Graph Augmentation Problems
- IIS members:
- Outside members:
Ming-Yang Kao, Department of Computer Science,
- Wei-Kuan Shih, Department of Computer Science,
National Tsing-Hua University.
A graph is $k$-vertex (-edge, respectively) connected if
you cannot disconnect the graph by removing less than
$k$ vertices (edges, respectively) from the graph.
The graph augmentation problem is the problem of adding
as few edges as possible to the graph such that
the resulting graph satisfies a given connectivity requirement.
This is a very fundamental graph theoretical problem which has
applications in designing reliable networks,
drawing graphs, protecting statistical databasea ... etc.
- Pei-Chi Huang, Hsin-Wen Wei, Wan-Chen Lu, Wei-Kuan Shih
and Tsan-sheng Hsu,
"Smallest Bipartite Bridge-connectivity Augmentation,"
Algorithmica, 2007, accepted.
This paper addresses two augmentation problems related to bipartite
graphs. The first, a fundamental graph-theoretical problem, is how
to add a set of edges with the smallest possible cardinality so that
the resulting graph is 2-edge-connected, i.e., bridge-connected, and
still bipartite. The second problem, which arises naturally from
research on the security of statistical data, is how to add edges so
that the resulting graph is simple and contains no bridges.
In both cases, after adding edges, the graph can be either a simple graph
or, if necessary, a multi-graph. Our approach then determines whether or
not such an augmentation is possible.
Tsan-sheng Hsu and Ming-Yang Kao,
"Optimal Augmentation for Bipartite Componentwise Biconnectivity
in Linear Time,"
SIAM Journal on Discrete Mathematics, volume 19,
number 2, pages 345--362, 2005.
- A graph is componentwise biconnected if every connected
component either is an isolated vertex or is biconnected. We present
a linear-time algorithm for the problem of adding the smallest number
of edges to make a bipartite graph componentwise biconnected while
preserving its bipartiteness. This algorithm has immediate
applications for protecting sensitive information in statistical
- Tsan-sheng Hsu,
"Simpler and Faster Biconnectivity Augmentation,"
Journal of Algorithms,
volume 45, number 1, pages 55--71, 2002.
This paper presents a new and simple technique to solve
the problem of adding a minimum number of edges
to an undirected graph in order to obtain a
biconnected, i.e., 2-vertex-connected, resulting graph.
Our technique results in a simpler algorithm,
which runs in sequential linear time,
that is also faster in parallel than the previous result.
- Tsan-sheng Hsu, ``On Four-Connecting a Triconnected Graph,''
Journal of Algorithms, volume 35, pages 202--234, 2000.
Extended abstract in
Proc. 33rd Annual IEEE Conf.
on Foundations of Computer Science (FOCS), pages 70--79, 1992.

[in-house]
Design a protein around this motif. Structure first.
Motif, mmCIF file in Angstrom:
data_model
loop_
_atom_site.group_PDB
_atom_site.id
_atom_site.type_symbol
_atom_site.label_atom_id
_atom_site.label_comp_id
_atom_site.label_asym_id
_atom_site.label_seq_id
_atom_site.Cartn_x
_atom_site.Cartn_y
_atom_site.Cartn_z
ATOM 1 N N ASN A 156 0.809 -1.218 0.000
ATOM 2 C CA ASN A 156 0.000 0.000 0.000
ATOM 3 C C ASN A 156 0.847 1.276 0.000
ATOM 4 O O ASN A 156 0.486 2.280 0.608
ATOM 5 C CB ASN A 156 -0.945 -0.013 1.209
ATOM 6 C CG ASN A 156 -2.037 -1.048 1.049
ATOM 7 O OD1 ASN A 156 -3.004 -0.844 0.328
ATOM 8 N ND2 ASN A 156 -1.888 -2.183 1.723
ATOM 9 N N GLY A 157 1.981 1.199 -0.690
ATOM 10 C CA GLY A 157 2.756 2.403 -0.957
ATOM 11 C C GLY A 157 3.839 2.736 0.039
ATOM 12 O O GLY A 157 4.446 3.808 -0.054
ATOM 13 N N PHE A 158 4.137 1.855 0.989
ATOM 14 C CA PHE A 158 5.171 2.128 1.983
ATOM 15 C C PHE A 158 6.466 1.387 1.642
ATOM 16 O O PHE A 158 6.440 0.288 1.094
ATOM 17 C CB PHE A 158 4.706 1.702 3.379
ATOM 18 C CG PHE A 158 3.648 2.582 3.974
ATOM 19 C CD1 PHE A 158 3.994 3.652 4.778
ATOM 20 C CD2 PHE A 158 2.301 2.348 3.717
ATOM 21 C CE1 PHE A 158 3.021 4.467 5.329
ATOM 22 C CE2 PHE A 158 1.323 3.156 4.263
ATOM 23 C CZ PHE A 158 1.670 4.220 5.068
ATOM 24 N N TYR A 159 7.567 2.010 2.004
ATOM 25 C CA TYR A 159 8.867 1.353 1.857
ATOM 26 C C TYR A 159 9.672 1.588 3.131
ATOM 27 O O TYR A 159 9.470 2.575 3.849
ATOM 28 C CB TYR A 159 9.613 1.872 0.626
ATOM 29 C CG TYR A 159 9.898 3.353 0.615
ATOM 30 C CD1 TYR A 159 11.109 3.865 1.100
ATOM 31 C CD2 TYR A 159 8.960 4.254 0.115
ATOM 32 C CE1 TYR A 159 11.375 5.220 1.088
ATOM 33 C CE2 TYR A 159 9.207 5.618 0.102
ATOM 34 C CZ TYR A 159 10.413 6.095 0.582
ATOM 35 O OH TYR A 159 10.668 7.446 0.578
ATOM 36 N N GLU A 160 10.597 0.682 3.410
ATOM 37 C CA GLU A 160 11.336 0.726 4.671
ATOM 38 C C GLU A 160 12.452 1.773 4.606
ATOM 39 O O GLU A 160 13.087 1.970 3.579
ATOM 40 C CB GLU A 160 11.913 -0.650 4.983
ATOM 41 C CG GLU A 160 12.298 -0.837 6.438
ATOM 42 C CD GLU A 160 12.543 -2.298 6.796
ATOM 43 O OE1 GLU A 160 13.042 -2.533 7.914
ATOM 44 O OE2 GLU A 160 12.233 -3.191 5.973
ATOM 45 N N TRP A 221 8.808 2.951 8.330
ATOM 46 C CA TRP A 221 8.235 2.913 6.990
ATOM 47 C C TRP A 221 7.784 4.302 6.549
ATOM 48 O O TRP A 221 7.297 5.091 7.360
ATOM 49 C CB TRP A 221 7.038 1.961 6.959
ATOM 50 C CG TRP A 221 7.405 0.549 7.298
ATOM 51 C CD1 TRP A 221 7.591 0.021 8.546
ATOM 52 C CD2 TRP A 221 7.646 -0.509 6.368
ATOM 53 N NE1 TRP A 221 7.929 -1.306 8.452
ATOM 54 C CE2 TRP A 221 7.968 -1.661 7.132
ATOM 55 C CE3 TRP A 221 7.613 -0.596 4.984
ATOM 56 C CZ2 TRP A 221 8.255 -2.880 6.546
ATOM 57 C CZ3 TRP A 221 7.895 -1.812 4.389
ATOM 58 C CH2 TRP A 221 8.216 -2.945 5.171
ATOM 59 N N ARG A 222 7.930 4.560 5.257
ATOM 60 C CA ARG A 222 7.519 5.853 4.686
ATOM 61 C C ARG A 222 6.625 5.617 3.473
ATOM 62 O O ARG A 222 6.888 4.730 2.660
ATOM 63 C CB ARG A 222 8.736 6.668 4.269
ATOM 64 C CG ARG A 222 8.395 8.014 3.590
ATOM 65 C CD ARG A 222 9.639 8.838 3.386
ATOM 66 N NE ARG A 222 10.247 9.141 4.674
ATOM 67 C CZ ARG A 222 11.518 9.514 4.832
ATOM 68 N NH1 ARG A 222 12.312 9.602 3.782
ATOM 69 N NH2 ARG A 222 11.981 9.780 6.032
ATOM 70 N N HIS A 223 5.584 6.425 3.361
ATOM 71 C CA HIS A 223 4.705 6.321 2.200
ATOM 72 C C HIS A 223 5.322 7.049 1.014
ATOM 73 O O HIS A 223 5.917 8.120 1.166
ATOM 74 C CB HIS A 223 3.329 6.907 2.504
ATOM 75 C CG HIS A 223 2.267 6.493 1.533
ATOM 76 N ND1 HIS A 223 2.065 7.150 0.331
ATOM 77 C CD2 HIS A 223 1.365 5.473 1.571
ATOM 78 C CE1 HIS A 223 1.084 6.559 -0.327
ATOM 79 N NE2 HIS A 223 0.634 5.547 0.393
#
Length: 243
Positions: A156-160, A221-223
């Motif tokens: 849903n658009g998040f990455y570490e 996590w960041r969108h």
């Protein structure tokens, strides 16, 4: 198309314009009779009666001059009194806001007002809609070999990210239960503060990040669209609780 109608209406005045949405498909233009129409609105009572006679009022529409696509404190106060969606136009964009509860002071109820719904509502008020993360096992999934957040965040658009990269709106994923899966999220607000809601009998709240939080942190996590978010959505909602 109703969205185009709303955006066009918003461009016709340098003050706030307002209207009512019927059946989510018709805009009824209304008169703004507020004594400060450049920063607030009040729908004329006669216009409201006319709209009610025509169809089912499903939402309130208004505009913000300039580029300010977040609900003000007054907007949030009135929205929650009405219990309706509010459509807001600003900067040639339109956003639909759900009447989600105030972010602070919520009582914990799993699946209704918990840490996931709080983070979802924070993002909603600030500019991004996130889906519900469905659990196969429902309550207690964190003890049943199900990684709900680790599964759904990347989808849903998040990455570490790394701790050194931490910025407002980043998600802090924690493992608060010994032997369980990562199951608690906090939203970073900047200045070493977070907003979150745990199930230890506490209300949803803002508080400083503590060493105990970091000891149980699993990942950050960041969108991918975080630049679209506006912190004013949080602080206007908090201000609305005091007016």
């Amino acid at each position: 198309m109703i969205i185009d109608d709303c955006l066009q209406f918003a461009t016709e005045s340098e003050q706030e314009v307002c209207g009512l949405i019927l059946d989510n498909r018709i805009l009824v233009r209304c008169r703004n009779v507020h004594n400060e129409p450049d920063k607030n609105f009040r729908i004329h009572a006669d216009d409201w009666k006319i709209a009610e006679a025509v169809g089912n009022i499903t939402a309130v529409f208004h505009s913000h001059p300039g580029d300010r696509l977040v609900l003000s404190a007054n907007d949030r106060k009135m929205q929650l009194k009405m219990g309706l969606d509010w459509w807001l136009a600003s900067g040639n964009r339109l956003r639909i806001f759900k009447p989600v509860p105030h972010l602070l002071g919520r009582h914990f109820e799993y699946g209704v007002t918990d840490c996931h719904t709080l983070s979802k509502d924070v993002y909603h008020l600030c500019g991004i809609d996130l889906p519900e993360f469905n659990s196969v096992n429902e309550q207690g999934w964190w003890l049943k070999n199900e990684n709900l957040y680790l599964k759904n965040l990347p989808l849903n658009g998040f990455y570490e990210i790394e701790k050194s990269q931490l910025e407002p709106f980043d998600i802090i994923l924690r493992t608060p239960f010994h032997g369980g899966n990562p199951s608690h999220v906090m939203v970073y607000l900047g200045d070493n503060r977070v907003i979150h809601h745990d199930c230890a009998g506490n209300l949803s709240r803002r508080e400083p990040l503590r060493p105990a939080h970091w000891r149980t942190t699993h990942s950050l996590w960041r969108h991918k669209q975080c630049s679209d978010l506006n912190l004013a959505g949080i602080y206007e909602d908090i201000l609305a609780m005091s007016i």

This paper studies the problem of requiring the graph to be
For $k<4$, a trivial lower bound for the number of edges
needed to add is known. This lower bound turns out to be
the exact number of edges needed.
This lower bound does not for $k > 3$.
This paper discovered a new lower bound for $k=4$.
We also prove the lower bound is tight when the input
graph is 3-vertex-connected.
- Tsan-sheng Hsu,
"Simpler and Faster Vertex-Connectivity Augmentation Algorithms
Proc. 8th European Symposium on Algorithms (ESA) ,
Springer-Verlag LNCS# 1879, pages 278--289, 2000.
Recently, I have discovered a new approach in solving the
Previously, all exact solutions to the vertex-connectivity augmentation
problem require the usage of a dynamic data structure to maintain
a tree when edges are added one at a time and the sorting routine.
Hence it is non-trivial to implement or parallelize
the algorithms. There is only one
parallel algorithm known previously for making
the graph 2-vertex connected.
In this paper, we report an approach
that totally gets rid of the usage of
dynamic data structure and sorting. Instead, we only need to compute
various simple functions on trees and the find a maximum element
in a multi-set. Our algorithm solves the 2-vertex-connectivity augmentation
by adding all needed edges in $O(1)$ iterations. Previous approaches
add one edge at a time, and add the next edge depending on the
maintained dynamic data structure.
This approach can be generalized to solve the 3-vertex-connectivity case,
though it is a bit more complicated.
We have recently finished the revision of a journal version
for the 2-vertex-connectivity case
for this paper by further simplifying the approach
and will be submitting it soon.
We are still working on further simplifying the 3-vertex-connectivity case
for the journal version.
Updated April 20, 2009.
Created by Tsan-sheng Hsu, last updated April 18, 2001.